The impetus for a modernized, stronger Navy capable of projecting U.S. power overseas was competition for colonial possessions, the creation of numerous coaling stations, and an 1889 war scare between the United States and Germany over territorial claims in the Samoan Islands. Two years later, a Chilean mob attacked U.S. sailors on shore leave in Valparaiso, killing 2 and wounding 17. President Benjamin Harrison tried to take a hard line, but as soon as the President understood that Chile had a stronger navy than his own, he soon backed off.
In 1897, the U.S. Navy was not ready for war — simply “more ready” than the Army, and that wasn’t saying much. The one service that was ready for war was the U.S. Marine Corps. See also First Marine Battalion.
The one thing the U.S. Navy/Marine Corps did not lack in 1898 was a strategic vision. Even though the U.S. and Spain had been at peace for over 80 years, Navy and Marine Corps thinkers imagined and contemplated war with Iberia and planned for it. These men were keen observers of the conflict between Spain and the Cuban revolutionaries (1868 – 1878).
President McKinley, of course, was assassinated in 1901, which propelled Theodore Roosevelt into the presidency. Arguably, the most important action President Theodore Roosevelt ever took in foreign affairs related to the construction of the Panama Canal. It was controversial abroad —it was controversial at home. Those who opposed the canal claimed that Roosevelt’s actions were unconstitutional. The charge was possibly true — the denizens of Washington never worry about such things as violations of the U.S. Constitution. Roosevelt, of course, was a man of action.
Driven by patriotic fervor, supported by the investments of a hundred-thousand investors and the expectation of great wealth, the Compagnie Universelle du Canal Interoceanique began work that would cross the Colombian isthmus of Panama and unite the Atlantic with the Pacific. There was ample evidence that Lesseps had done his due diligence.
The Panama Railway had made in excess of $7 million in the first six years of its operations. The railroad, which had cost upwards of 6,000 human lives to build, failed to dampen Mr. Lesseps’ enthusiasm. The project would be a sea-level canal dug along the path of the Panama Railroad. It would extend fifty miles in length (half as long as the Suez Canal), and it would cost around $132 million. Lesseps estimated a project lasting 12 years.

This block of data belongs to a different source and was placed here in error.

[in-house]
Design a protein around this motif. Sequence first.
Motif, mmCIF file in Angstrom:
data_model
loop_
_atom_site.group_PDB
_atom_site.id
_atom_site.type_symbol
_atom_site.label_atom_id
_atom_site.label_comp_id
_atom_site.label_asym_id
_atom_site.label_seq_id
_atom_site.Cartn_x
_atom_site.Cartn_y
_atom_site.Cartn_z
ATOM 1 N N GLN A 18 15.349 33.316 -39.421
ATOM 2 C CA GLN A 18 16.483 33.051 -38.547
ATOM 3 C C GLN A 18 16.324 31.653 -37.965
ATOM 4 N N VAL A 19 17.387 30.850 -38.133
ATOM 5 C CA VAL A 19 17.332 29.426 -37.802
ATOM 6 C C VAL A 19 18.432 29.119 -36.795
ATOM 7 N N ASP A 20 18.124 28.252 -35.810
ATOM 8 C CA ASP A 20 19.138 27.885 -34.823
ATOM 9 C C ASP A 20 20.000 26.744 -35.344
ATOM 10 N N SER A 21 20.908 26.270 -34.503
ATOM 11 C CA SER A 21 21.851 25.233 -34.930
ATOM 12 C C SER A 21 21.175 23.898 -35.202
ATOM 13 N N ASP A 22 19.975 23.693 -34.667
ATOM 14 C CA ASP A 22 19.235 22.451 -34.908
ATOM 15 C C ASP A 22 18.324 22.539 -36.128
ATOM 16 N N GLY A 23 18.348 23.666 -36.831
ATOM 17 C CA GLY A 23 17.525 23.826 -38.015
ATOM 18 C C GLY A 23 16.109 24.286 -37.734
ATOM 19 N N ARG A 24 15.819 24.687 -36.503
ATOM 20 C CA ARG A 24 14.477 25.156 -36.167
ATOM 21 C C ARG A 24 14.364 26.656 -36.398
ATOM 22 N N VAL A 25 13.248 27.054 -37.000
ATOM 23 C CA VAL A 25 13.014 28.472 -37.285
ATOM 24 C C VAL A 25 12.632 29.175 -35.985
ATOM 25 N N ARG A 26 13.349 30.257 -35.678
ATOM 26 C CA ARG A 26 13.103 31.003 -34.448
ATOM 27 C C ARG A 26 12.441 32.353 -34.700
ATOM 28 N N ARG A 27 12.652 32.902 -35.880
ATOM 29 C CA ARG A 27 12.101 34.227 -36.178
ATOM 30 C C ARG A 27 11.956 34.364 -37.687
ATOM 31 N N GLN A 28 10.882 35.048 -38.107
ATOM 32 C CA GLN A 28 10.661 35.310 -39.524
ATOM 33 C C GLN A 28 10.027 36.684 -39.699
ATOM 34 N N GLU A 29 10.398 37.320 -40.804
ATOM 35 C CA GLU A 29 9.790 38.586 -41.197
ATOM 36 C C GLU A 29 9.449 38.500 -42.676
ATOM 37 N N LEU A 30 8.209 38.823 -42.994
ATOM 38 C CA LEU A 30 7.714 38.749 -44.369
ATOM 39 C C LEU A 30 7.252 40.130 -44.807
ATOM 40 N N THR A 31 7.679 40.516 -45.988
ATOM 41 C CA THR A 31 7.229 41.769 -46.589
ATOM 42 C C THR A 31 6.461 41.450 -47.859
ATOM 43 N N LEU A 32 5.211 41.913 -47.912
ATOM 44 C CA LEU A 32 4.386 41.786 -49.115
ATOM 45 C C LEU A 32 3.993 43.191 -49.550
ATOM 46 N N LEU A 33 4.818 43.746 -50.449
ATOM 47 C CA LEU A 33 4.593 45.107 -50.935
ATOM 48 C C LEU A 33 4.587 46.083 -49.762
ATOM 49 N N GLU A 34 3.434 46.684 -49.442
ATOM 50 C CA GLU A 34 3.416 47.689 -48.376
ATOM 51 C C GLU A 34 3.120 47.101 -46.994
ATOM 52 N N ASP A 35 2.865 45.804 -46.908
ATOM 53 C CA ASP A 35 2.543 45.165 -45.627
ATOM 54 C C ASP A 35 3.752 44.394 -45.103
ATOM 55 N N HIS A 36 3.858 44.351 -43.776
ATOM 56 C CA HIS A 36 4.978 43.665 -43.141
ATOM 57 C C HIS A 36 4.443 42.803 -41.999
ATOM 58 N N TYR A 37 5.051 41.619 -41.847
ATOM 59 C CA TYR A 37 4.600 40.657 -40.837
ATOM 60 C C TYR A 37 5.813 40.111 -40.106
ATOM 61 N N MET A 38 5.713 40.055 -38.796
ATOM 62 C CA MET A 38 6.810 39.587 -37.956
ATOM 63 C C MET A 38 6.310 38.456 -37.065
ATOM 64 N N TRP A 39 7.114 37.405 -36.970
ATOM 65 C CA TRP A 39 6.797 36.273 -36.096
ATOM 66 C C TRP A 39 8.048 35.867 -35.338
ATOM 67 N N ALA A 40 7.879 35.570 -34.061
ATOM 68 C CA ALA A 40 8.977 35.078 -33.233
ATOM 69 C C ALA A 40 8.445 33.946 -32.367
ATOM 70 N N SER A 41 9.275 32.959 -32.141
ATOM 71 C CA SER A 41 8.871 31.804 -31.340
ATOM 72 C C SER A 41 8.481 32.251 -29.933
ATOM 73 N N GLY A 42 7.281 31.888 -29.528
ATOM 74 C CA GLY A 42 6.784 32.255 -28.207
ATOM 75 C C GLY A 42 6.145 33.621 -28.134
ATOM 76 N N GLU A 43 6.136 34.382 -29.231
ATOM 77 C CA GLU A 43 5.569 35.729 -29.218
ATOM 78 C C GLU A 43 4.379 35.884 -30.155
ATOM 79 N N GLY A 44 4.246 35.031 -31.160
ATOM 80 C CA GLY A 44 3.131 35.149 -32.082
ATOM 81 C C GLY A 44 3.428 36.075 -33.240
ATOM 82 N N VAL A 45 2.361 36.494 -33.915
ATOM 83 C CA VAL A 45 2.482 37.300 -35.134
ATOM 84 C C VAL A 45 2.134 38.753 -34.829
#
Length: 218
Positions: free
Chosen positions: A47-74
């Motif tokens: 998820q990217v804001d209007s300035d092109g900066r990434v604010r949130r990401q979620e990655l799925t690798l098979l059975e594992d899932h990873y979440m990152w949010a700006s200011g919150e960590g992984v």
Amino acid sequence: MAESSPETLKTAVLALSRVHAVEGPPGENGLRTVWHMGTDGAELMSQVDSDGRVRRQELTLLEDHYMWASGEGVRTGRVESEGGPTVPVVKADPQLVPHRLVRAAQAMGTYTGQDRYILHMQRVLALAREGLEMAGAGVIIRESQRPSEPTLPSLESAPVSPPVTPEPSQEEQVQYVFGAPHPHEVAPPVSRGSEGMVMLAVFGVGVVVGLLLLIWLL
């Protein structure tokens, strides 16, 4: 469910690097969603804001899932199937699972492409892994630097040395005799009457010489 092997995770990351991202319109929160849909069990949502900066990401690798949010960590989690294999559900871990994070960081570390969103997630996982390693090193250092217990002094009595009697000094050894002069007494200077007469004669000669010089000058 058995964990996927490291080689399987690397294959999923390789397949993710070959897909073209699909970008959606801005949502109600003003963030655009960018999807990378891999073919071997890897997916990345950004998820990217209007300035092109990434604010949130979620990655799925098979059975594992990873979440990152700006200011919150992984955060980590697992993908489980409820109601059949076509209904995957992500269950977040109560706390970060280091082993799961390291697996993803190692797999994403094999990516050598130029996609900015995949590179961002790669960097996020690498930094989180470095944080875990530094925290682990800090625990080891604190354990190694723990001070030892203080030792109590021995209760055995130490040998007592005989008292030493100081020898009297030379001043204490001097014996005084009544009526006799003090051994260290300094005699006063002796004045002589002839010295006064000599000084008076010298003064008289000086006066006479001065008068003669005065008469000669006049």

The canal became a French project on 1 February 1881, but ultimately, it was another failed attempt. Neither Lesseps nor any of his company was prepared for the harsh Central American environment. Ultimately, Mr. Lesseps gave up 22,000 workers who died of one cause or another; all the money spent on the project was wasted, and the project ended in 1888.
Shortly after ascending to the presidency, Theodore Roosevelt spoke of the Panama Canal in a speech to Congress. He argued enthusiastically, “No single great material work which remains to be undertaken on this continent is as of such consequence to the American people.” The President acted quickly. In 1902, the United States reached an agreement to buy the rights to the French canal and property and its equipment for a sum of $40 million. The U.S. then began to negotiate a treaty with the government of Colombia. The U.S. Department of War would direct the excavation. The American public sensed a scandal in the making — or worse, good money is thrown after bad.
In a short time, Colombia grew reticent in its negotiations. Roosevelt and Panamanian business interests collaborated on the instigation of a revolution. The battle lasted only a few hours because Colombian troops in the city of Colón accepted bribes to lay down their arms. On 3 November 1903, the Colombian province of Panama became the independent country of the same name. And, since the U.S. initiated the hullaballoo in the first place, it assumed a parental interest in Panamanian affairs. Members of the Roosevelt administration prepared Panama’s Constitution in advance of the “revolution,” the wife of a prominent Panamanian lobbyist sewed the country’s first flag (her husband became the Panamanian ambassador to the United States), and a treaty was signed that were favorable to American interests. The United States promptly deposited $10 million to the Panamanian government.
(Continued next week)
- Wicks, D. H. “Dress Rehearsal: United States Intervention on the Isthmus of Panama, 1886. Pacific Historical Review, 1990
- Collin, R. H. Theodore Roosevelt’s Caribbean: The Panama Canal, the Monroe Doctrine, and the Latin American Context (1990)
- Graham, T. The Interests of Civilization: Reaction in the United States Against the Seizure of the Panama Canal Zone, 1903-1904. Lund Studies in International Relations, 1985.
- Nikol, J. and Francis X. Holbrook, “Naval Operations in the Panama Revolution, 1903.” American Neptune, 1977.
- Turk, R. “The United States Navy and the Taking of Panama, 1901-1903.” Military Affairs, 1974.
 The idea of a canal across Nicaragua did not end in the mid-1800s. The United States ordered a survey in 1916 as a hedge against the unworkability of the Panama Canal, and the People’s Republic of China evaluated prospects in 2012. Concern for the safety of Lake Nicaragua settled the matter — for now.